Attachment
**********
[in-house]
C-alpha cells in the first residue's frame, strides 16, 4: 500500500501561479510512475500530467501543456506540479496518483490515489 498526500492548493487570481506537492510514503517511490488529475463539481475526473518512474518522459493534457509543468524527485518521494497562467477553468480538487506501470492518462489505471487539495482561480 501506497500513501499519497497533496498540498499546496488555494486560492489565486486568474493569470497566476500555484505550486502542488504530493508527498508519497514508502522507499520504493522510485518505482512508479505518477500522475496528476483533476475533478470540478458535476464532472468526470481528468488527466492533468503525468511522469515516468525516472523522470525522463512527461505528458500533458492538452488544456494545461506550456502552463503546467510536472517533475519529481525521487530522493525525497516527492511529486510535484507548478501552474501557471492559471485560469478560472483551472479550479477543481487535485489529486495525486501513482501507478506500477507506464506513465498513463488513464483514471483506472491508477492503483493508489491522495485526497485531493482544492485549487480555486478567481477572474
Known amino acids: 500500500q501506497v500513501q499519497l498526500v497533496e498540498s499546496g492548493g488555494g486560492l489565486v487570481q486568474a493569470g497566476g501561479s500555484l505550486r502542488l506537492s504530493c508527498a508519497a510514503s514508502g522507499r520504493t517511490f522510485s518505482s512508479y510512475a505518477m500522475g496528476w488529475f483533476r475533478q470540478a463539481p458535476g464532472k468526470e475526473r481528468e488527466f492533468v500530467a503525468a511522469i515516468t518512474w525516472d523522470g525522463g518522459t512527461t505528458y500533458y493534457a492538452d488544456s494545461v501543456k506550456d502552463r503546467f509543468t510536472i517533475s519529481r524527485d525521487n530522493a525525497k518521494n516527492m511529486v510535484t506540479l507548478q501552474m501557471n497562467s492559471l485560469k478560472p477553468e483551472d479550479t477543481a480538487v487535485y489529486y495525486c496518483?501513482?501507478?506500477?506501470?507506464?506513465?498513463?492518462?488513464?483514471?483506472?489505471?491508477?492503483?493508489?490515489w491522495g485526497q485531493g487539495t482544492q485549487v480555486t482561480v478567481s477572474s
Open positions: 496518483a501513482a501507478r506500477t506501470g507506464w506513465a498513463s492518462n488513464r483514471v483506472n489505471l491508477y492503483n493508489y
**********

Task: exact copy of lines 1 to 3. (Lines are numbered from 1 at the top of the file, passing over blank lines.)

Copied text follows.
[in-house]
C-alpha cells in the first residue's frame, strides 16, 4: 500500500501561479510512475500530467501543456506540479496518483490515489 498526500492548493487570481506537492510514503517511490488529475463539481475526473518512474518522459493534457509543468524527485518521494497562467477553468480538487506501470492518462489505471487539495482561480 501506497500513501499519497497533496498540498499546496488555494486560492489565486486568474493569470497566476500555484505550486502542488504530493508527498508519497514508502522507499520504493522510485518505482512508479505518477500522475496528476483533476475533478470540478458535476464532472468526470481528468488527466492533468503525468511522469515516468525516472523522470525522463512527461505528458500533458492538452488544456494545461506550456502552463503546467510536472517533475519529481525521487530522493525525497516527492511529486510535484507548478501552474501557471492559471485560469478560472483551472479550479477543481487535485489529486495525486501513482501507478506500477507506464506513465498513463488513464483514471483506472491508477492503483493508489491522495485526497485531493482544492485549487480555486478567481477572474
Known amino acids: 500500500q501506497v500513501q499519497l498526500v497533496e498540498s499546496g492548493g488555494g486560492l489565486v487570481q486568474a493569470g497566476g501561479s500555484l505550486r502542488l506537492s504530493c508527498a508519497a510514503s514508502g522507499r520504493t517511490f522510485s518505482s512508479y510512475a505518477m500522475g496528476w488529475f483533476r475533478q470540478a463539481p458535476g464532472k468526470e475526473r481528468e488527466f492533468v500530467a503525468a511522469i515516468t518512474w525516472d523522470g525522463g518522459t512527461t505528458y500533458y493534457a492538452d488544456s494545461v501543456k506550456d502552463r503546467f509543468t510536472i517533475s519529481r524527485d525521487n530522493a525525497k518521494n516527492m511529486v510535484t506540479l507548478q501552474m501557471n497562467s492559471l485560469k478560472p477553468e483551472d479550479t477543481a480538487v487535485y489529486y495525486c496518483?501513482?501507478?506500477?506501470?507506464?506513465?498513463?492518462?488513464?483514471?483506472?489505471?491508477?492503483?493508489?490515489w491522495g485526497q485531493g487539495t482544492q485549487v480555486t482561480v478567481s477572474s